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Learning in the New Economy Magazine :: Fall 2000
Old Dogs, New Tricks, and a Few Simple Options. by Kellee K. Sikes
As we get older, most of us realize jumping through hoops of fire at the circus we call work isn’t worth the milk bone any more. So, is it true? Can old dogs really not learn new tricks? I think it depends on what kind of old dog you need to send to puppy school. Here are a few musings on the topic, complete with case studies from my personal past, and a few simple opinions to chew on.

What is an old dog?

Age, even for old dogs, is relative. Take me for example. With a decade of experience, I am a veteran of the commercial Internet world, but big dogs look on me as a pup in the world of business. Heck, in dog years I’m 196! That’s no spring chic…er um…spring puppy, but I am no Dali Lhasa Apso of ancient wisdom (or old habits that won’t roll over and play dead) either. Your old dog then, might be someone who has walked around the block a few thousand times, but maybe in a different industry. Or, your old dog might be too old to walk the block, but more than ready to show you a trick or two. Teaching new tricks to old dogs means figuring out which breed of old dog you are dealing with. Lets take a closer look.

The One Trick Wonder

Think about the dog that knows that one amazing trick that pleases everyone, but he just can’t seem to master anything else. You know the dog. The one who offers his paw to shake with anyone, but no matter how many treats are used, sit, stay, and fetch on command, nothing else is gonna happen.

One of my clients, the leader of a painfully slow-to-mature startup, could be classified as an old dog with only one trick. Nice guy¾and that was his trick. He was so nice and full of entertaining antidotes; he could break down the fiercest resistance of any prospective client in a sales call situation. Unfortunately, once the prospective client was open to hearing a proposal, he often wasn’t sure what to do and would pitch a proposal that didn’t meet the clients needs, his company’s business model, or both.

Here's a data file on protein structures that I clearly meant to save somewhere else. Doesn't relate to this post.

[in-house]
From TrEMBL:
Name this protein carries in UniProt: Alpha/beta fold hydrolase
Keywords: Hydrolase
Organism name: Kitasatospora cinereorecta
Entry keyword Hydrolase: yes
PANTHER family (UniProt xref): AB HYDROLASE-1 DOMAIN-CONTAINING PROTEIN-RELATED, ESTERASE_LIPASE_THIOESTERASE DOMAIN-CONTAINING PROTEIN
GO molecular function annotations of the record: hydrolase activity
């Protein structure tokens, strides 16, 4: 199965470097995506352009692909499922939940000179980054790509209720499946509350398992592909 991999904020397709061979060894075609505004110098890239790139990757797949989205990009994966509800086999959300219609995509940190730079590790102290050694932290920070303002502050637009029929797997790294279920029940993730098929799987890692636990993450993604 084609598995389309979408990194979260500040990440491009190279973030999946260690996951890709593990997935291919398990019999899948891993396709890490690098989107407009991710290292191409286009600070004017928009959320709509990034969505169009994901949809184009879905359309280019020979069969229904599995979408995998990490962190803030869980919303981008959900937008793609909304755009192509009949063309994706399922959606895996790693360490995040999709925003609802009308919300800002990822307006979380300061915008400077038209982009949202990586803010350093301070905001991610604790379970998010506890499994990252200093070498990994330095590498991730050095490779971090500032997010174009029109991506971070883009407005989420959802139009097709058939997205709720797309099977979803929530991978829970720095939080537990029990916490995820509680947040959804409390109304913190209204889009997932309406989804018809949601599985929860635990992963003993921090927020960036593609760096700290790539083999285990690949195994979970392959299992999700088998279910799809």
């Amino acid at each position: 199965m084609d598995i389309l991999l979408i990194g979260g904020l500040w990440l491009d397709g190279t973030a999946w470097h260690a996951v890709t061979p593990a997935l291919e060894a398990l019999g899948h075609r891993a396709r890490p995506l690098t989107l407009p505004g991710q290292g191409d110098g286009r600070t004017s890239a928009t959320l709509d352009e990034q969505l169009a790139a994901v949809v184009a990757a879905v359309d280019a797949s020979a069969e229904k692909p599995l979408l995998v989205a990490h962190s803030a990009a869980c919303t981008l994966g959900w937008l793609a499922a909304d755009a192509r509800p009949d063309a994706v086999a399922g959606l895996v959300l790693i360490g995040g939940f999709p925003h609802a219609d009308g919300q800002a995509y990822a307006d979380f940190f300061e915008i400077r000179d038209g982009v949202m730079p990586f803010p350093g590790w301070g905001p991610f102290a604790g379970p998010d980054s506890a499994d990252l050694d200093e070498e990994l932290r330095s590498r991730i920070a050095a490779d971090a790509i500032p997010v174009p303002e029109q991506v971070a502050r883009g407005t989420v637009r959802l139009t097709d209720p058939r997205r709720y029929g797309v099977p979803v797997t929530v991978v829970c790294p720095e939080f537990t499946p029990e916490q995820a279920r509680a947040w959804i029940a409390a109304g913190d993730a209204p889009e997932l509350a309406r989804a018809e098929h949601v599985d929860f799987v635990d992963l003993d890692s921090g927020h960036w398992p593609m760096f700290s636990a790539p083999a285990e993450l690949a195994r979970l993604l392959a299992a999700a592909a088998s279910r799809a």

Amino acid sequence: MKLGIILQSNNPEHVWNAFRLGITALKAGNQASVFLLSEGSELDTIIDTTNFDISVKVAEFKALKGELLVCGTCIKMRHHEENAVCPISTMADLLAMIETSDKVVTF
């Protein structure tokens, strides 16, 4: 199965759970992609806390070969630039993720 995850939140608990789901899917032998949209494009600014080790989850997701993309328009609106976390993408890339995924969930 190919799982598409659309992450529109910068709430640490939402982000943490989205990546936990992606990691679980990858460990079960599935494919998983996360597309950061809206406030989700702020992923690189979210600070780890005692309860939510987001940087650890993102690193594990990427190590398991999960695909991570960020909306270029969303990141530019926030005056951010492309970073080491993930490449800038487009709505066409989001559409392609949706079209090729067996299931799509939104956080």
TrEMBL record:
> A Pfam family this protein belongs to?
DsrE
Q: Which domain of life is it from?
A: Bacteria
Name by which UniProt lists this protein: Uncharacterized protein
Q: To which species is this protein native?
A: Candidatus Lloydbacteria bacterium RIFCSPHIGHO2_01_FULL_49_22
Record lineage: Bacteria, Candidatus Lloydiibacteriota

In the office, it was no different. His joyful, entertaining demeanor kept everyone feeling happy and united in a cause. As you dug under the surface, though, no one was really sure of the company’s purpose.

Attempts were made to teach the old dog new management and sales techniques. New processes and procedures giving more structure for learning new tricks were introduced. Nonetheless, the old dog stuck to his one trick. He continued to be nice while many people attempted to teach him new and innovative tricks.

Eventually I realized: our one trick wonder was very comfortable with his trick. He had spent decades perfecting it. His trick had become so robust; he did not have the room to learn new tricks. He had reached his capacity.

Some one trick wonders may stop learning new tricks because they fear change. If the fear of change inhibits learning, look for ways to create a comfortable learning environment.

Other one trick wonders may see no reason to move out of their comfort zones which might indicate you need to provide a challenging environment to simulate and encourage learning.

If your old dog is like my personal case study, you may decide they are not capable of new tricks, but you can find a role where their old trick can bring new rewards to your organization.


Imagine the bulldog with selective hearing, who does what you ask only when it suits him. Otherwise, at the sound of your voice he only half opens his eyes and doesn't bother to lift his head. When you have an old dog that refuses to learn new tricks, you may have a Fido in your backyard.

In the commercial Internet industry, Fido’s are all too common. I see many brick and mortar companies who consistently run after potential Internet customers only to choke themselves on their own chain. They refuse to acknowledge that working on the Internet requires new tricks.

Figuring out how to train a Fido can be a new trick in itself. Some clues to look for if you need to get your Fido to heel before he rips your arm off:

1. Does Fido understand why he needs to know what he doesn’t know? Maybe it’s an issue of straightforward education as to why the new trick is important. Show the reward.

2. Does Fido bite when your try to teach him new tricks? Maybe you have a heavy hand that comes across as threatening and you just need to change your approach. Put away the rolled newspaper.

3. Is Fido overwhelmed and tired from the stress of it all? Fido may just need a vacation or a more comfortable atmosphere where progress is rewarded. Hide the Frisbee.

Rin Tin Tin

Don’t despair, you may have a company’s best friend.

Do you have a Rin Tin Tin? You know, the dog who sizes up the situation and saves the day. He sees the woman in distress in the burning building, the bad guy getting away, and still manages to execute a plan that saves the woman and nabs the bad guy at the same time! In my experience there are plenty of old dogs who learn new tricks.

Even old dogs will jump through the hoop of fire at the circus we call work—that is if they are happy, healthy and agree the milk bone at the end is relative to the heat of the flames around the hoop!


Kellee K. Sikes is a contributing editor for LiNE Zine, an associate of Ageless Learner and Principal of Pioneer Technologies, a consulting company focused on business development and project management based in St. Louis, MO. She may not be very old, but has more than a few things to teach even the oldest dogs. Contact her directly.


(c) 2000-2002 LiNE Zine.

This article was originally published in Learning in the New Economy Magazine. It is reprinted here with permission. See the original article online at


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